By Tony Stanley and Lisa Gunstone
‘Radicalisation risk’ is an emerging practice issue confronting social workers, families, communities and local authorities. Alongside child sexual exploitation and children reported ‘missing’ from home and care, these new areas of social work are mostly issues external to parental care and the family home, so we need fresh ideas to inform our social work offer.
We think, however, that ‘radicalisation risk’ is a misleading term – and a simplistic use of language. It writes in particular narratives about vulnerability, risk, and blame while erasing others. Simplistic language will encourage unsophisticated options for practice.
If we define this in traditional ‘child abuse’ terms, we have a ready-made victim and ready-made perpetrator, or (and more likely) a set of scary unknowns, that we quickly set out to eliminate to resolve. But what happens to our social work relationships when we are in a hurry? Working with uncertainty is a practice reality, while not always a comfortable place; are we too keen to get to ‘safe certainty’?
Tony Stanley will talk more about the use of family group conferences in cases of radicalisation at Community Care Live Birmingham, which takes place from 10-11 May.He will be speaking in a session on 10 May at 11.30am alongside Jo Fisher, service director for prevention and early intervention at Luton Council, and Adele Penfold, Luton’s operational lead for safeguarding and radicalisation.For more information about the conference, click here.
For more in-depth information about social work practice in cases of suspected extremism, visit Inform Children’s knowledge and practice hub.
The term ‘violent extremism’ is closer to what we think we need to intervene in. Social workers are not trained to determine radicalising actions or behaviours. The cases where adults have shown abhorrent violent video imagery to children are by far the minority of cases. Mostly we are dealing with young people who seek or desire links to the self-defined caliphate in Syria, or families who desire a life under the same.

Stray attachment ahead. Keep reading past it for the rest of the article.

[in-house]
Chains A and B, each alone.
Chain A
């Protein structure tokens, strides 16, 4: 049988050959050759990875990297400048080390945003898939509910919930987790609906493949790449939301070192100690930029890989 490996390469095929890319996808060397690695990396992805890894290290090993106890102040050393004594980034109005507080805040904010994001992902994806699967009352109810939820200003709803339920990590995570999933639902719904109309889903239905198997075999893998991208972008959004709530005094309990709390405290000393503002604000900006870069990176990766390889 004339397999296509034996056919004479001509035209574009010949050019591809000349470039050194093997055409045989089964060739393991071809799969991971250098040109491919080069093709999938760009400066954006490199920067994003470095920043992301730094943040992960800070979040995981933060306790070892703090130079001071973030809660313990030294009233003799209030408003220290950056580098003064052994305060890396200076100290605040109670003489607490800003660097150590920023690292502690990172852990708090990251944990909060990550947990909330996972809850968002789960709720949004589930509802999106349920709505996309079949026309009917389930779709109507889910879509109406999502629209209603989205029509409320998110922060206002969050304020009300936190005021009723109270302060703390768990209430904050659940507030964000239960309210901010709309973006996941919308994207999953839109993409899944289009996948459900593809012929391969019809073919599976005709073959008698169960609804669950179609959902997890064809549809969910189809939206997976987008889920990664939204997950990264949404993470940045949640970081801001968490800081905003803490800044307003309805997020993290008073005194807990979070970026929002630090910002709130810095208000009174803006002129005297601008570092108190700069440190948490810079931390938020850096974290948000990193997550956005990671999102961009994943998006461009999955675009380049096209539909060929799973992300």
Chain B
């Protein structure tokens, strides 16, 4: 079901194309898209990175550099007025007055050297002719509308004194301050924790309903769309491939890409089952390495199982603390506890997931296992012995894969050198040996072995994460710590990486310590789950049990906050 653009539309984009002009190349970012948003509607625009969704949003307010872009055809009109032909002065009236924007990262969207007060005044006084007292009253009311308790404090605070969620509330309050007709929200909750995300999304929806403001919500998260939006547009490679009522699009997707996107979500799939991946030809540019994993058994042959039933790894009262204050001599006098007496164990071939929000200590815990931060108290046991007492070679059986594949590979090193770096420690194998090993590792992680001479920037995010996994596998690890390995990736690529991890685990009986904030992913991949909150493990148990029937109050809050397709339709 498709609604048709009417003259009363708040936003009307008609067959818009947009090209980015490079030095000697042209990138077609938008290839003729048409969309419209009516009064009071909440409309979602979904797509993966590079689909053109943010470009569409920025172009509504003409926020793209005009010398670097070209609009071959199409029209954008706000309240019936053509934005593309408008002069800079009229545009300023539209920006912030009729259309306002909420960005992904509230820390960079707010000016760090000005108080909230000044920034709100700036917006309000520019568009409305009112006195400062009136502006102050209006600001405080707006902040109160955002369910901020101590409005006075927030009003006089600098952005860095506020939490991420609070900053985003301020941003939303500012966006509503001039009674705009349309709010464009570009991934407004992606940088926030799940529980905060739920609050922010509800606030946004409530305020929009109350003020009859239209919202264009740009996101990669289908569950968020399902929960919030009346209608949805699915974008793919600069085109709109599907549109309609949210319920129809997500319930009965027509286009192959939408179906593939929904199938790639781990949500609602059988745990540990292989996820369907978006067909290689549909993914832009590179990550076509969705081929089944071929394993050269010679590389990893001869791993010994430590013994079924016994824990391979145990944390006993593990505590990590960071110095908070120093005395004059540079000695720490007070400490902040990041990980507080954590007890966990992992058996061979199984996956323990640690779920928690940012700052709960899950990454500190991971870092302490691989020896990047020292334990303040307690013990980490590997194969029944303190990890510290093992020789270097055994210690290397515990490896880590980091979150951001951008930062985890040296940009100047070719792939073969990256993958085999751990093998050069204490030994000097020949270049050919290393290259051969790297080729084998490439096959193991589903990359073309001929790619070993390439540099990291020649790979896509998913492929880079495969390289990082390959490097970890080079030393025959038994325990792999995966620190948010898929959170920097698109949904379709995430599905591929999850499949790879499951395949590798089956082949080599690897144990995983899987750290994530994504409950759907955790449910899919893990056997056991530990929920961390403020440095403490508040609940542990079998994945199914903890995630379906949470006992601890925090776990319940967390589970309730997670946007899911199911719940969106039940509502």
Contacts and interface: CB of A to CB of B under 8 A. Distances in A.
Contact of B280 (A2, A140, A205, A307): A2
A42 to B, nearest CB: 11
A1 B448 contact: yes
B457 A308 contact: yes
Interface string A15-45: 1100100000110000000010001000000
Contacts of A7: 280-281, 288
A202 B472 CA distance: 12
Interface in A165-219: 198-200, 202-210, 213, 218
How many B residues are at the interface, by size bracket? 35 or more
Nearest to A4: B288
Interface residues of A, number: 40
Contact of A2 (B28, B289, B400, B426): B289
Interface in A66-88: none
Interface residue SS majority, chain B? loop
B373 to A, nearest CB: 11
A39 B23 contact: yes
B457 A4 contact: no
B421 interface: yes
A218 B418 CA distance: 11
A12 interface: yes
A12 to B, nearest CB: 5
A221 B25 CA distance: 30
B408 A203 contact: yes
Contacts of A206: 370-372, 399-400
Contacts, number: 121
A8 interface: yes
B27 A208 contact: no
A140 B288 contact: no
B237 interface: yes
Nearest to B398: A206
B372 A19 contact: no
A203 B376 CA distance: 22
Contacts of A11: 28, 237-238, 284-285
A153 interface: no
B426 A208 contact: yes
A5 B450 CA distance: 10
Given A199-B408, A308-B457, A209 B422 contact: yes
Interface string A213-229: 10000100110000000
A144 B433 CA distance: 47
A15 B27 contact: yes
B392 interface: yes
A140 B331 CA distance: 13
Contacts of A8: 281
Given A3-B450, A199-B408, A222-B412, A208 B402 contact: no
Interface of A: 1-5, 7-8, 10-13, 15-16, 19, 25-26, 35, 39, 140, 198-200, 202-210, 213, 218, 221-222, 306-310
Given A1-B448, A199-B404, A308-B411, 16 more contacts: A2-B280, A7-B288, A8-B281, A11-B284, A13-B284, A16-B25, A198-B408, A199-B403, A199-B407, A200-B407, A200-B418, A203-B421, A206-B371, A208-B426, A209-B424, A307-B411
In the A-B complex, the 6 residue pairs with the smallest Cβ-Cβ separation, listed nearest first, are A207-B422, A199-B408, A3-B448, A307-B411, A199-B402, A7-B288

Some will argue for the protection of these children, in terms of removal, from such poor adult decision making. Others argue that we have sufficient state controls in place and a national Prevent policy to offer help to these families. For some Muslim families this will feel like an overly zealous state apparatus.
So, how can social workers offer a humane and more helpful approach to this complicated area of practice? How can we avoid the laziness of language and simplistic responses like child rescue?
Families as a resource
For many families, the offer of Prevent has been taken up and found helpful. Others have declined this offer, and a referral to children’s social care follows. We need a practice offer in the middle. The family system needs to be held in mind as a resource. In the name of help we too often remove a child from what we define as an unsafe household.